Pet market is booming with the dog grooming businesses spreading their roots in every which way. We're seeing more entrepreneurs than ever jumping on the opportunities in the pet industry searching for that big break. In the dog business market of 2021, you could do almost anything, from dog walking to poop scooping. Today, we'll discuss how to start a dog grooming business and what you need to know before you land in this arena.
If you've been following our previous columns in the Dog Business section, you know that starting any pet business of your own is challenging no matter what field you are in, and the dog grooming niche is especially competitive.
Many petpreneurs have already dipped their toes into the open market of dog grooming by figuring out what new or improved pet grooming services or dog grooming products they can bring into the marketplace. After reading through this quick guide on how to start a dog grooming business, you will better understand what it takes to become a successful dog business owner.
If you're interested in starting a pet-related business that is related to canines, but you're not exactly sure what kind of area you would like to venture into, our column on How to Start a Pet Business with Dogs has some excellent general advice on the different types of dog business opportunities and how to get started in some specific fields.
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A career as a professional dog groomer can be very lucrative, even more so if you own your own dog grooming business. It's a fact that dog owners love to pamper their pets more than they do themselves. In 2021, this is true more than ever, with many pet owners sending their dogs to be groomed on a regular basis, some as often as once a week.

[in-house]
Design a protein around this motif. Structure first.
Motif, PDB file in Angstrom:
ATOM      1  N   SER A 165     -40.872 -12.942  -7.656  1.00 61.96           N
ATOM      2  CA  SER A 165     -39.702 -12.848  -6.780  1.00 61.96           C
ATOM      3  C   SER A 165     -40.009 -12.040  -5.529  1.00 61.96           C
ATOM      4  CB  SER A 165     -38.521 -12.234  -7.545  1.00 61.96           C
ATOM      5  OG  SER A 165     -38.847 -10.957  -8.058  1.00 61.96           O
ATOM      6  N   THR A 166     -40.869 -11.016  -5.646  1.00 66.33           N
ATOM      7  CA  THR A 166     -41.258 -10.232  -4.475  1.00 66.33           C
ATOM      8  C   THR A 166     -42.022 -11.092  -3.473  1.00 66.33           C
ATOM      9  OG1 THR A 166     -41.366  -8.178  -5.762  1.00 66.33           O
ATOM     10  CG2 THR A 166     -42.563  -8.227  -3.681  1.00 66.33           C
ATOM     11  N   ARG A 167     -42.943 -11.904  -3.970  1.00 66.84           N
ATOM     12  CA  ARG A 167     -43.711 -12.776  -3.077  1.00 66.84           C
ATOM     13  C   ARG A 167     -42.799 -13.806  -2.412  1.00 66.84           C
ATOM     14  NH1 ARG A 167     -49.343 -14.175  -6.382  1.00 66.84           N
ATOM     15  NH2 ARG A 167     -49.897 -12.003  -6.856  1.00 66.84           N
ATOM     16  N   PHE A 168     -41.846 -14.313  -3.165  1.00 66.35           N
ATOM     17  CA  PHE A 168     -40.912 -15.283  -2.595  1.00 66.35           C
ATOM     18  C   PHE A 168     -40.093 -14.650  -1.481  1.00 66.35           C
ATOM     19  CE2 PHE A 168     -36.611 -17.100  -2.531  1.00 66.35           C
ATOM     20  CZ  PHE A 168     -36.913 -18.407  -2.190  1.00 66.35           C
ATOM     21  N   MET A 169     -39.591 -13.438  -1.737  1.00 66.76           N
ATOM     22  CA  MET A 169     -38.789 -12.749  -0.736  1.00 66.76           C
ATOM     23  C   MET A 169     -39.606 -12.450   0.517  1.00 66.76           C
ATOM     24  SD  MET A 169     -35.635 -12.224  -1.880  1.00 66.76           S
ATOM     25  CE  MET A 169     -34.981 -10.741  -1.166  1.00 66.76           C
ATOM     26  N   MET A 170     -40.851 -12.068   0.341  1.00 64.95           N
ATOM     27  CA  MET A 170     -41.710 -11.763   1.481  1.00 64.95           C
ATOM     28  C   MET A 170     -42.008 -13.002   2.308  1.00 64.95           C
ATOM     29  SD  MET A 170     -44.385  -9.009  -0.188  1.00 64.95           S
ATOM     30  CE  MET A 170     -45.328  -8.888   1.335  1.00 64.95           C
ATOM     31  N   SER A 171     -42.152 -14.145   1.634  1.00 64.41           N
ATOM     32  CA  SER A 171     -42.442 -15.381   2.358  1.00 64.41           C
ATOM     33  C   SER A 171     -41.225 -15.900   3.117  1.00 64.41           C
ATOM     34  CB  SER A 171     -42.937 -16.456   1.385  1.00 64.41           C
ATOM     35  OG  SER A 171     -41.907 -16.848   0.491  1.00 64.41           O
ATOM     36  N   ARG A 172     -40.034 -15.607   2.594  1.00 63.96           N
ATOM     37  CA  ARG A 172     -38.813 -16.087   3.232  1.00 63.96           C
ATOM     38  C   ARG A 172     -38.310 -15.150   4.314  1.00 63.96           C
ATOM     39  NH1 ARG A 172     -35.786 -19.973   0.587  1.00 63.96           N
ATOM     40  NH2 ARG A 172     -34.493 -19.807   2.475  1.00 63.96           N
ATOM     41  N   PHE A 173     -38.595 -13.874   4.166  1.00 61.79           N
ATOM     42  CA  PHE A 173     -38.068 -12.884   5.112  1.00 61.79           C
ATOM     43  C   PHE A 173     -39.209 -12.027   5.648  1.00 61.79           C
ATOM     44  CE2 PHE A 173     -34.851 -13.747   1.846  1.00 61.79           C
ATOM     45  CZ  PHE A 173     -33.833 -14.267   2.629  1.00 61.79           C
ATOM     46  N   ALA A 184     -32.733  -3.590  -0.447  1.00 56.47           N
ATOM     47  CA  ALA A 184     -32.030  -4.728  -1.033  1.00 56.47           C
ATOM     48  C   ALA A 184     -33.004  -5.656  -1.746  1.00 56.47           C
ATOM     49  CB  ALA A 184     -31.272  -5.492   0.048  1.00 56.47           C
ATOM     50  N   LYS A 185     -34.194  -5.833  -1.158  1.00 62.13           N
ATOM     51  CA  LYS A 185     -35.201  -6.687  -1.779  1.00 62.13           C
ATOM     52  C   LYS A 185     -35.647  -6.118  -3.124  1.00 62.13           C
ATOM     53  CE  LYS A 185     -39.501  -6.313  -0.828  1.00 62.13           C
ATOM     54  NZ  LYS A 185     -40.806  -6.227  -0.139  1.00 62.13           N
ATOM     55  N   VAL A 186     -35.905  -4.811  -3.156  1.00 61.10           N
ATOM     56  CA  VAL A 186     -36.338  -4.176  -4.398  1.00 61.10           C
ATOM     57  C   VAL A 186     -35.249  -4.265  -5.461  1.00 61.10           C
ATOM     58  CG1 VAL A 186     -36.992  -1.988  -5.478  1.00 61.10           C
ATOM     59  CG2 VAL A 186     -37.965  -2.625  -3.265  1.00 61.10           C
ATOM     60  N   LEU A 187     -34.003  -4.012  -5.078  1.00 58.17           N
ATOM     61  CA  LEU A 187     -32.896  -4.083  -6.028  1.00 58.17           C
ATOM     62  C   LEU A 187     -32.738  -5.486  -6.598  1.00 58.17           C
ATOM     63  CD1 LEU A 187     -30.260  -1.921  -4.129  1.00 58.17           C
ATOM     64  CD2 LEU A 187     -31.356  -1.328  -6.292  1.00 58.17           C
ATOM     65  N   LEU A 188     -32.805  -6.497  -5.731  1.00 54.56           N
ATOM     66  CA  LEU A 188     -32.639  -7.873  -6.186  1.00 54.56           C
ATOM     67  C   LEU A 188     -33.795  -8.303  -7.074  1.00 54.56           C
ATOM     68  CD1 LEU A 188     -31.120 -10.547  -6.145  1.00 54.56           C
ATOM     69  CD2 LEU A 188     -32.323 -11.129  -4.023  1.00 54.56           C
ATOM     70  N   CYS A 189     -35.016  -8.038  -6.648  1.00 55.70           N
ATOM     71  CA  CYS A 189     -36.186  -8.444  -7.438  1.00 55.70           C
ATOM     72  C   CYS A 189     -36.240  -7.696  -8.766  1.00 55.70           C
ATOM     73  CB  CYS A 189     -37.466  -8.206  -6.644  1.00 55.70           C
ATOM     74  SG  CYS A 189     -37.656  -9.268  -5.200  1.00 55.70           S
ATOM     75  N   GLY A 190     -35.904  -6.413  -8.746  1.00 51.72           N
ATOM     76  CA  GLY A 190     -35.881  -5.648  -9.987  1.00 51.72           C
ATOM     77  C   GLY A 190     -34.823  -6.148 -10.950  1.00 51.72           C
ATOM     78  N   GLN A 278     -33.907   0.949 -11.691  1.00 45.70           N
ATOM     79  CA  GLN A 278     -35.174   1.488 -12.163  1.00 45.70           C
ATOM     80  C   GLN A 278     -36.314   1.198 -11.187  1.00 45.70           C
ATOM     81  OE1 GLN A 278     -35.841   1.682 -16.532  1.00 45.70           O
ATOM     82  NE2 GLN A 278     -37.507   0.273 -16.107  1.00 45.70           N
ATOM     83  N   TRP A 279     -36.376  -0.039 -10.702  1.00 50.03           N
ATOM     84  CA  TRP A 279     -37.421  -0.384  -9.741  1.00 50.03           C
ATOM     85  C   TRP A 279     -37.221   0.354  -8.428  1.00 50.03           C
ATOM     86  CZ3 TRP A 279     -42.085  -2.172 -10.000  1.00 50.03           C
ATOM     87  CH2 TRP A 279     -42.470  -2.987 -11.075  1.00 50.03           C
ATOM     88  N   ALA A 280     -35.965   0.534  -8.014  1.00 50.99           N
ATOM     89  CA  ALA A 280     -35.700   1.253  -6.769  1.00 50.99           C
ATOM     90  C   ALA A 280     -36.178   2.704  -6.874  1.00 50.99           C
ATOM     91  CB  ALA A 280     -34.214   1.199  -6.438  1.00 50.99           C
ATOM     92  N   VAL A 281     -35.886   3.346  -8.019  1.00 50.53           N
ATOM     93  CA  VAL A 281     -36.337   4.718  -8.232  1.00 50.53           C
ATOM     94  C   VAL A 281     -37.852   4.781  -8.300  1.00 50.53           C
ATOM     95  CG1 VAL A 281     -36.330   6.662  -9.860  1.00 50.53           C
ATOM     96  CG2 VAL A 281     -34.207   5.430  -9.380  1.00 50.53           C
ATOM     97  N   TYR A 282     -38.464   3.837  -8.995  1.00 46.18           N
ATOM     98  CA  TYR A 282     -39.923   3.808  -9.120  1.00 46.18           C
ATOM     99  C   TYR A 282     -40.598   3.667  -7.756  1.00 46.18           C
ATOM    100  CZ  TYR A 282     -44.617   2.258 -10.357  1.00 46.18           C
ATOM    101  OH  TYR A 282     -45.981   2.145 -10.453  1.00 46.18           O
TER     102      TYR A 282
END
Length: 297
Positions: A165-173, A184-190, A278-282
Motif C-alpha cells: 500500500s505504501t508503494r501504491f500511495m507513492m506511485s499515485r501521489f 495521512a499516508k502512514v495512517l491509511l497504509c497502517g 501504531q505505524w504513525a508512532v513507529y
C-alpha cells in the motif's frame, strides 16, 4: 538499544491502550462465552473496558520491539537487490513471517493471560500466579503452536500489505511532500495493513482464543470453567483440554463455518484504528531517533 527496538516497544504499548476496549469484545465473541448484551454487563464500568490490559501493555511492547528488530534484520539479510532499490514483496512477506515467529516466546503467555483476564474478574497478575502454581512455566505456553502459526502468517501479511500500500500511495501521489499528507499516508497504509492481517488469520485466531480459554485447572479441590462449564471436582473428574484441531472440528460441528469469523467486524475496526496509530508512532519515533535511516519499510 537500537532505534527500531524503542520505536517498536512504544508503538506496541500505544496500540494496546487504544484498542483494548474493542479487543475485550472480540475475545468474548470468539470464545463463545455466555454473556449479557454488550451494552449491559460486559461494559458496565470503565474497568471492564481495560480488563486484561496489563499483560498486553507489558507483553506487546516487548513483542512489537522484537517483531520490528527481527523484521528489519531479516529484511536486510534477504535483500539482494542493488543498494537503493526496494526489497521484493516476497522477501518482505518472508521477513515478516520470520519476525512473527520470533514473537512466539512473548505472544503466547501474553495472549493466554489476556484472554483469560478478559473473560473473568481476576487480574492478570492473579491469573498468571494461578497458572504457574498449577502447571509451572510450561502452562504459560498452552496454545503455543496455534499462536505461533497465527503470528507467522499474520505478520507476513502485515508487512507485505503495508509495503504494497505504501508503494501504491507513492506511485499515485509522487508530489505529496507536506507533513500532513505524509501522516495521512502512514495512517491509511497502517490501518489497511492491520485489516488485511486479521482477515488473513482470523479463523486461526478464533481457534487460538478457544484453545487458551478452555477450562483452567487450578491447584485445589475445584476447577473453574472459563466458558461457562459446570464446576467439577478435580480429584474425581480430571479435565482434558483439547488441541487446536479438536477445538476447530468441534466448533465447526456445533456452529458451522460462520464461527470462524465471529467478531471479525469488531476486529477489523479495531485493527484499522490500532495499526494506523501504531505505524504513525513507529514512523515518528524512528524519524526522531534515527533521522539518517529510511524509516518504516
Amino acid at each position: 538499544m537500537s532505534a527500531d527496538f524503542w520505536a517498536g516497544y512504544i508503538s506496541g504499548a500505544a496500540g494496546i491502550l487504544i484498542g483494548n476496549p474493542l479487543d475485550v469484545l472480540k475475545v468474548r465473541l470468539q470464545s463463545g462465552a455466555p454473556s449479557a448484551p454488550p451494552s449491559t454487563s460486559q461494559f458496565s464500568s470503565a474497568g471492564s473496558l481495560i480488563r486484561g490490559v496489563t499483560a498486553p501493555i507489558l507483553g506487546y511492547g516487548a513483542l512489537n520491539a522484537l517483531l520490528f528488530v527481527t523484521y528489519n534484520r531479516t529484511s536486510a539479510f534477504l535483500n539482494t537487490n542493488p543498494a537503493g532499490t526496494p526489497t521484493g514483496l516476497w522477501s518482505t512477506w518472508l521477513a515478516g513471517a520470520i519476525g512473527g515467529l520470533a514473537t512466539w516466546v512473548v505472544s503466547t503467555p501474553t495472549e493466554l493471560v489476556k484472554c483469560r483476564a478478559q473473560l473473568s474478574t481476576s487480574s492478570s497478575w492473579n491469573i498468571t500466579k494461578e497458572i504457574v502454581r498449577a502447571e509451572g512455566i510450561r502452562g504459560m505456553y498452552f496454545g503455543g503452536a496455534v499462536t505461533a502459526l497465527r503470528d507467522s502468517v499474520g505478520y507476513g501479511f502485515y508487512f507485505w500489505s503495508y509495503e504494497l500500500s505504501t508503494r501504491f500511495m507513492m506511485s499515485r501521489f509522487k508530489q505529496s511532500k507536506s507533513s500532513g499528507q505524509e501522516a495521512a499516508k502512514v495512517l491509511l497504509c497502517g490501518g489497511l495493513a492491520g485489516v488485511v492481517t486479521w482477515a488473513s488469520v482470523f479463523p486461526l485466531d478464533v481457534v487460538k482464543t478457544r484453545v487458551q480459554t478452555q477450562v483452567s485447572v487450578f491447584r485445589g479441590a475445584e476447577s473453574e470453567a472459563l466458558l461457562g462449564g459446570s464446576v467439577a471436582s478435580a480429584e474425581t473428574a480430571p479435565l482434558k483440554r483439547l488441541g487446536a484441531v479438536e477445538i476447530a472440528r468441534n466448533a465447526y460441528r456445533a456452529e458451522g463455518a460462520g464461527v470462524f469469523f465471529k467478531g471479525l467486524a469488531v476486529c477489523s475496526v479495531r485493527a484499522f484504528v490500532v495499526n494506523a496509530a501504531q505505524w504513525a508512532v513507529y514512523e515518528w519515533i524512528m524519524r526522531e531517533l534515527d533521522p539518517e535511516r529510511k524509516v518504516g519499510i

According to the 2015-2016 APPA National Pet Owners Survey…
65% of U.S. households own a pet, which equates to 79.7 millions homes. About 54.4 million of those pets are canines.
Even back in 2014, market analysts have predicted huge growth for the pet business and specifically the dog grooming business section. Apparently, the pet industry is a recession-proof market that simply continues to grow and expand no matter what, and so far, the numbers have been steadily confirming this “theory.”
Primarily in the western part of the world, pet ownership is now a big deal. We love to spoil our little companions, and there's no stopping this. Just a year ago dog owners have been spending more money than ever on their Fidos, according to Washington Post:
“Two decades ago, Americans spent $17 billion on their pets. That outlay has steadily marched upward, at an average of more than 12 percent a year, through good times and bad. This year, the amount is expected to approach $60 billion.” – Steve Hendrix, Washington Post [July 24, 2014].
With that being said, there should be no doubt that a pet grooming business is still a niche that has a lot of space to be filled, and those of your who know how to start a dog grooming business of your own can jump on this opportunity to finally say goodbye to your day jobs.
If a dog grooming business is not your cup of tea, there are other dog-related businesses that you might want to try your hands on. Below are some of the more recent columns from TopDogTips on different types of pet businesses:
- How to Start a Dog Training Business
- How to Write a Dog Training Business Plan
- How to Start a Dog Walking Business
- How to Write a Dog Walking Business Plan
How to Start a Dog Grooming Business
Assessing the need for a new dog grooming service provider
Before you even begin looking into how to start a dog grooming business, you must first assess whether there is even a need for it in the area that you want to establish yourself.
The first question to ask yourself is whether there are dog owners in your area, and how popular is dog ownership around you.